Do you remember that time on a long ago paper plane kind of day when we went fishing at Rainbow Beach?
The cliffs cascaded skyward in streaks of Crayola pigments reds and pinks and yellows and splashes of citrus orange that bled into the white sand as though mother nature had accidentally coloured in outside of the lines.
We stood in water the colour of sapphires the frothy waves lapping around your skinny ankles the wind picking up your blonde hair and standing it on end making you look like a crazy cockatoo trying to catch his dinner.
And then your fishing line entangled.
Pulled by planetary currents and a cranky 30 Knott wind the line surrendered to the elements and left you feeling defeated the hot tears that stung your eyes not caused by the sand whipping at your face but rather from downhearted disappointment.
I spent an hour untangling that fishing line.
You sat upon the soft sand head bent down to your knees as I worked away at the tangled mess and talked to you about how the cliffs came to get such beautiful colours rattling on about oxidisation and mineralisation as the mighty cliffs protected you from the relentless wind.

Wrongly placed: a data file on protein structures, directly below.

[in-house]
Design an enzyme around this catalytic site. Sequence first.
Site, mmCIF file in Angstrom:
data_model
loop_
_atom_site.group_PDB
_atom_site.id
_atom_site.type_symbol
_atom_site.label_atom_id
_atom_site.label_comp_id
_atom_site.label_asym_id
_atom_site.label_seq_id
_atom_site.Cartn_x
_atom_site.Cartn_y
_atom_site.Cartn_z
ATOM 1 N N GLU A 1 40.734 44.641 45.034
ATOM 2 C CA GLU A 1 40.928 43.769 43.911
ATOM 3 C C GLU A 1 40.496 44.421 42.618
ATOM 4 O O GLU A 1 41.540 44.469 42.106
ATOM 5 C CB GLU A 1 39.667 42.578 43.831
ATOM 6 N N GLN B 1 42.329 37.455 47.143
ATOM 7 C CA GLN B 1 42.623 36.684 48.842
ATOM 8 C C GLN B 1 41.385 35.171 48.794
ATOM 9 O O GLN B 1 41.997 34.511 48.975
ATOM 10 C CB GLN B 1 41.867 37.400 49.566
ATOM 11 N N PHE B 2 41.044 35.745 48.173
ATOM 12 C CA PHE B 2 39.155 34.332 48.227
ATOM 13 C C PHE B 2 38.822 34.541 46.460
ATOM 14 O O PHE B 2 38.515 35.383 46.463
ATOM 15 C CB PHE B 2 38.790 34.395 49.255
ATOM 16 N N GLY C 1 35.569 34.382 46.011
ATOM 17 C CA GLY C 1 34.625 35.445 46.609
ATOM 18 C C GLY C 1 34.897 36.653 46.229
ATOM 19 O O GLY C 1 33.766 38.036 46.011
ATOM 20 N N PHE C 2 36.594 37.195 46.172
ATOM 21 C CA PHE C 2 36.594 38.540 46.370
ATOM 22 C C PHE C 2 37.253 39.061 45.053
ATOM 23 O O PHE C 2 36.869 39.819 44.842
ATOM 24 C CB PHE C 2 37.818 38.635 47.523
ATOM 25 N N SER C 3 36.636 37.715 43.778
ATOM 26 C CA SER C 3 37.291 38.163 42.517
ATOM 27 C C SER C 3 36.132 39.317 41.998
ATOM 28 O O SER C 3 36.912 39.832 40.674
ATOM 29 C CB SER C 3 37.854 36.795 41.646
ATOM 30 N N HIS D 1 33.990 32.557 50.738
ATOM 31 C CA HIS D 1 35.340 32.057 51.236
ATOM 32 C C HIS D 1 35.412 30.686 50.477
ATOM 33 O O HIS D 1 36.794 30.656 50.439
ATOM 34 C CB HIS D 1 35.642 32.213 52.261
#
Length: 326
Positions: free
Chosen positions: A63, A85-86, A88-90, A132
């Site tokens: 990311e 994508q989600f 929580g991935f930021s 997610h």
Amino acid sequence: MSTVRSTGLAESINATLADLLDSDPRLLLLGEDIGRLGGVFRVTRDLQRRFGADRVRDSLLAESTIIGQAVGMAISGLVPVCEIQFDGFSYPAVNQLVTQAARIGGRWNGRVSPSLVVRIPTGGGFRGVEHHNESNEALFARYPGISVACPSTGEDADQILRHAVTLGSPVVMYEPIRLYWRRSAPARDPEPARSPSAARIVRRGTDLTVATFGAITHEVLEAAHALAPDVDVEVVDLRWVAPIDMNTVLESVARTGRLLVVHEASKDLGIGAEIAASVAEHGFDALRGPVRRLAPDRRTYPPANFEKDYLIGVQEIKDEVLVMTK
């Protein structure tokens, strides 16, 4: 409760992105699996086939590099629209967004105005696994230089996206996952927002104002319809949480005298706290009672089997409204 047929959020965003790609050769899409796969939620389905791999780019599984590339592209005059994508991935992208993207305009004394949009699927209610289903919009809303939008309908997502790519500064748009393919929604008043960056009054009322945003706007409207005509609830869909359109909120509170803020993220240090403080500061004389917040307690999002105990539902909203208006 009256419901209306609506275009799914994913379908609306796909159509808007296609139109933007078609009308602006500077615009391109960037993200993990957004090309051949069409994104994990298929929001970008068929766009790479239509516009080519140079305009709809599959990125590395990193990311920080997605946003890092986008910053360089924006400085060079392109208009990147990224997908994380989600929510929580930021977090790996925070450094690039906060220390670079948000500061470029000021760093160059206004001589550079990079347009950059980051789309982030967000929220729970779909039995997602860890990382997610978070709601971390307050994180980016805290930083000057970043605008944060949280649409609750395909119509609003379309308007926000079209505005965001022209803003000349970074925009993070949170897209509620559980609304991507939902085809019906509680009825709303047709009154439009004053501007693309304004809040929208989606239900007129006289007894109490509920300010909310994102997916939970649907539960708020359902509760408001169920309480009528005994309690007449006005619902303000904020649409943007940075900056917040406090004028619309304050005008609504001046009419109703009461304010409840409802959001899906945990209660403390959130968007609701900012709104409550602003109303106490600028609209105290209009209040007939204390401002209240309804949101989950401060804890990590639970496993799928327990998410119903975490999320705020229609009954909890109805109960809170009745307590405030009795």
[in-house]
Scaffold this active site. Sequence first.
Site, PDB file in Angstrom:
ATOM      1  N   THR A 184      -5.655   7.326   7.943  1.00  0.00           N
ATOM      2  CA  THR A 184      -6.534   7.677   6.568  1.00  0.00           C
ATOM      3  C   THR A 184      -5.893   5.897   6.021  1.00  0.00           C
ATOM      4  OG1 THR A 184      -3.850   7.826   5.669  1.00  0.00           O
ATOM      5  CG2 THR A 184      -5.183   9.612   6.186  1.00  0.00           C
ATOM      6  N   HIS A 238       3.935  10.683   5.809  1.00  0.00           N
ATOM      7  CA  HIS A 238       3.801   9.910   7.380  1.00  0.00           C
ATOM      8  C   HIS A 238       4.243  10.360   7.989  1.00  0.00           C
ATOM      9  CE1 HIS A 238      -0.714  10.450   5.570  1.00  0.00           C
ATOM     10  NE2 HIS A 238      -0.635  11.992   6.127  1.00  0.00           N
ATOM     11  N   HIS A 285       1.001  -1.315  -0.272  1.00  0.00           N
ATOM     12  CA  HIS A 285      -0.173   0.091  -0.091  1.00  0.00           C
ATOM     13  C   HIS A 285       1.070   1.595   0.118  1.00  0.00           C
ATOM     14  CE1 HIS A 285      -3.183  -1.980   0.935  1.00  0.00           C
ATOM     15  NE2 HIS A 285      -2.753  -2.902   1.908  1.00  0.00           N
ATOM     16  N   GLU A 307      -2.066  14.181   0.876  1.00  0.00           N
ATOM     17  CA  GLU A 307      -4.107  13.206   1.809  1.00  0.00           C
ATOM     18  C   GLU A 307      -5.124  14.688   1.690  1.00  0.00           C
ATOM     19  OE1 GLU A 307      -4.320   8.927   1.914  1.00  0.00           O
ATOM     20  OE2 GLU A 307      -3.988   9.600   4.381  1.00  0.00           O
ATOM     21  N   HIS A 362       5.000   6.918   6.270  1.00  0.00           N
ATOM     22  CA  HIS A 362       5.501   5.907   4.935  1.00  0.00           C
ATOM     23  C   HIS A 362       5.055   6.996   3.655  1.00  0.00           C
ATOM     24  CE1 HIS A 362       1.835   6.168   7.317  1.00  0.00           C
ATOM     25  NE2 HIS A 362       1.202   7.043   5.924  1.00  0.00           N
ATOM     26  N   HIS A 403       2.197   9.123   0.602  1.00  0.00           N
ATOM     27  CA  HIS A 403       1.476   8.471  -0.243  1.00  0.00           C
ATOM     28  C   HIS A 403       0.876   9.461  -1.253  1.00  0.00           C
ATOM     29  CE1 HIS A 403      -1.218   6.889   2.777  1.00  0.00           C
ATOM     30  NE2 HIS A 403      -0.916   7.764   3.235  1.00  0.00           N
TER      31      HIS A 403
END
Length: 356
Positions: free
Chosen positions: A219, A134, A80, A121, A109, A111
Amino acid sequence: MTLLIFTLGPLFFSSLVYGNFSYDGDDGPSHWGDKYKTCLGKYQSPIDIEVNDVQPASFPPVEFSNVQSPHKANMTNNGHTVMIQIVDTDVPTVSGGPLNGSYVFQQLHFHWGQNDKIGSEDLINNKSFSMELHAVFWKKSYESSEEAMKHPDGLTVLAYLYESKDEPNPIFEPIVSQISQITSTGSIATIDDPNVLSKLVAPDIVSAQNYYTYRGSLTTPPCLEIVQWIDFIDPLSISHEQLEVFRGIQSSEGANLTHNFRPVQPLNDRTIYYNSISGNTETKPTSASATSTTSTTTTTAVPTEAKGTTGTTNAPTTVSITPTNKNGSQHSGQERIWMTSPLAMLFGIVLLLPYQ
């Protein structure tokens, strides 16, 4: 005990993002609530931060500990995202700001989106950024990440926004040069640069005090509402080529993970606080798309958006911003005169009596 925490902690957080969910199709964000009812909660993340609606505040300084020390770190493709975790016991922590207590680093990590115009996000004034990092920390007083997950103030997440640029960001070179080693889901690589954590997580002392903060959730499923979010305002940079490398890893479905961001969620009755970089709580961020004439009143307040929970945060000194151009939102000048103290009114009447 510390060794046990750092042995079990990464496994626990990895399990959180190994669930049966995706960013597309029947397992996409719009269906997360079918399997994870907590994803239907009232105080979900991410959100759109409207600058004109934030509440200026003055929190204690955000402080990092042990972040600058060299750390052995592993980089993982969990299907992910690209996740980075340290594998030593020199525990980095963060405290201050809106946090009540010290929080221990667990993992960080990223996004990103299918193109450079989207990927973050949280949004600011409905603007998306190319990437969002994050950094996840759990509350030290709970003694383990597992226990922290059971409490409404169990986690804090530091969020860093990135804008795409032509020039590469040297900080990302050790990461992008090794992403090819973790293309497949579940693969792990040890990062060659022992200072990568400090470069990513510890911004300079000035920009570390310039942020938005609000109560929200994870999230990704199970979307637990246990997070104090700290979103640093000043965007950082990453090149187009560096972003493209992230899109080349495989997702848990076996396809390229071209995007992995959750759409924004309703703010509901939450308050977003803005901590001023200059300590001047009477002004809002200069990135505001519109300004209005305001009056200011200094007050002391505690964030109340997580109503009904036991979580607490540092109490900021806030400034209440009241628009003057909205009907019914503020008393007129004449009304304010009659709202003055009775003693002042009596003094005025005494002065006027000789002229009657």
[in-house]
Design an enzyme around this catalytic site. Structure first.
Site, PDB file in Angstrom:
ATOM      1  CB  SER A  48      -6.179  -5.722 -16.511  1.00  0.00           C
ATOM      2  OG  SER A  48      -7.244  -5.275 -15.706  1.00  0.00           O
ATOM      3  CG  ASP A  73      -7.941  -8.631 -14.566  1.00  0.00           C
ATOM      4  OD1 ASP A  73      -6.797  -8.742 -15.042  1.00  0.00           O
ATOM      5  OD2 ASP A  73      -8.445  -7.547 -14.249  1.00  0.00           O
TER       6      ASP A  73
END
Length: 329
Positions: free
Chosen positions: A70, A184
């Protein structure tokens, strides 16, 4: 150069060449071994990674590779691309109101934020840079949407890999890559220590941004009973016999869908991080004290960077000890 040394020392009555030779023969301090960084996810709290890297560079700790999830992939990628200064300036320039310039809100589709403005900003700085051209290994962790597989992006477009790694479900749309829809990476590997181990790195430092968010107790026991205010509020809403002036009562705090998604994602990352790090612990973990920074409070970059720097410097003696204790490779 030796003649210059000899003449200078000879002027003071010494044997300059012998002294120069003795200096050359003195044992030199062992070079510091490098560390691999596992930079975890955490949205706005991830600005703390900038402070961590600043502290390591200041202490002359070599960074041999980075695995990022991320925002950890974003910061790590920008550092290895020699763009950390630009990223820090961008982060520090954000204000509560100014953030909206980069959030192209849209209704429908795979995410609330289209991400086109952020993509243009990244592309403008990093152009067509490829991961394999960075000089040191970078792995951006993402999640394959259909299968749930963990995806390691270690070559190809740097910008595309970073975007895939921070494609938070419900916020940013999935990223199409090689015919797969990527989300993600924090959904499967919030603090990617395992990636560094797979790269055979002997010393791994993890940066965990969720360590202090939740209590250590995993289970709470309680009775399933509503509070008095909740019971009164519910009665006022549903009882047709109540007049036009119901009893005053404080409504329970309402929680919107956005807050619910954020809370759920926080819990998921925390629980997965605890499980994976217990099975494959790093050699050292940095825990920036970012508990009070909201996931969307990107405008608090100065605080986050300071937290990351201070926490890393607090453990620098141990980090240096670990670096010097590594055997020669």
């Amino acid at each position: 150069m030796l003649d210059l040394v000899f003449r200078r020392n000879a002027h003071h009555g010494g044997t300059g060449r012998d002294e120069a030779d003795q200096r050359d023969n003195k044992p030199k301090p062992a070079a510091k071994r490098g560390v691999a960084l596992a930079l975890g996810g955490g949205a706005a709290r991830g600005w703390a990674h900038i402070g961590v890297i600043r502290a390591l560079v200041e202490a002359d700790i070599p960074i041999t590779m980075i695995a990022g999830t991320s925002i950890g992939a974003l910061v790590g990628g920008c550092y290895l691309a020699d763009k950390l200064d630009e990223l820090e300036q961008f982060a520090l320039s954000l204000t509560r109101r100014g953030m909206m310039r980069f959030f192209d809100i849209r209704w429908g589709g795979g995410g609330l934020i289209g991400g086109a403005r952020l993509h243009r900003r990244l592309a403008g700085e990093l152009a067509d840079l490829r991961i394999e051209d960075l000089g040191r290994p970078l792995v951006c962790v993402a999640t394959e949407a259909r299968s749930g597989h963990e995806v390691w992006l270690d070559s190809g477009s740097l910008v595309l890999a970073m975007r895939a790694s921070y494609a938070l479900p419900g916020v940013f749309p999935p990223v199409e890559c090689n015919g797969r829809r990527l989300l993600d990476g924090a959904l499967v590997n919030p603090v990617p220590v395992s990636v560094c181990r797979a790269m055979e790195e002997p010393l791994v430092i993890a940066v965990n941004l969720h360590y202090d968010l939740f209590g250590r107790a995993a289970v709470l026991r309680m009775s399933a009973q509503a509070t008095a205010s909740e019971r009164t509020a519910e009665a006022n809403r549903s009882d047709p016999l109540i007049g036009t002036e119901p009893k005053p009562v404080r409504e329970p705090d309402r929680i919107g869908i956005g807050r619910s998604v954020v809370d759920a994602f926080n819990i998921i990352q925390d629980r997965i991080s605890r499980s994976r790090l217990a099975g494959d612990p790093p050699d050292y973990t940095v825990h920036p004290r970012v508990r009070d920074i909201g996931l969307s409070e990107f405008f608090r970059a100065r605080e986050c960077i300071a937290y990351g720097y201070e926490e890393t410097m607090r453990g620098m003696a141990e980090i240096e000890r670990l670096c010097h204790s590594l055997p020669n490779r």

And the ocean whispered its apologies.
We never caught any fish that day but I did unsnarl that knotted line and to this day still you come to me with complicated knots and tangles that make up the messiness of life that don't need hands to unravel them just a mother's advice and words of wisdom to help smooth out the line you walk.
Son, I may not always have the right answers and I may not always be able to untangle the knots but I'll always be here to take hold of the line and try my hardest to help you unbind the pains and problems that you encounter.
I'll always try my hardest to do that.
And who knows, one day you might actually finally catch a fish.
Just don't ask me how to cook it because as you love to point out to me -
Not just a world-famous author, Vladimir Nabokov was also a serious lepidopterologist, or studier of butterflies. He was a Comparative Zoology research fellow at Harvard, where much of his butterfly collection remains today.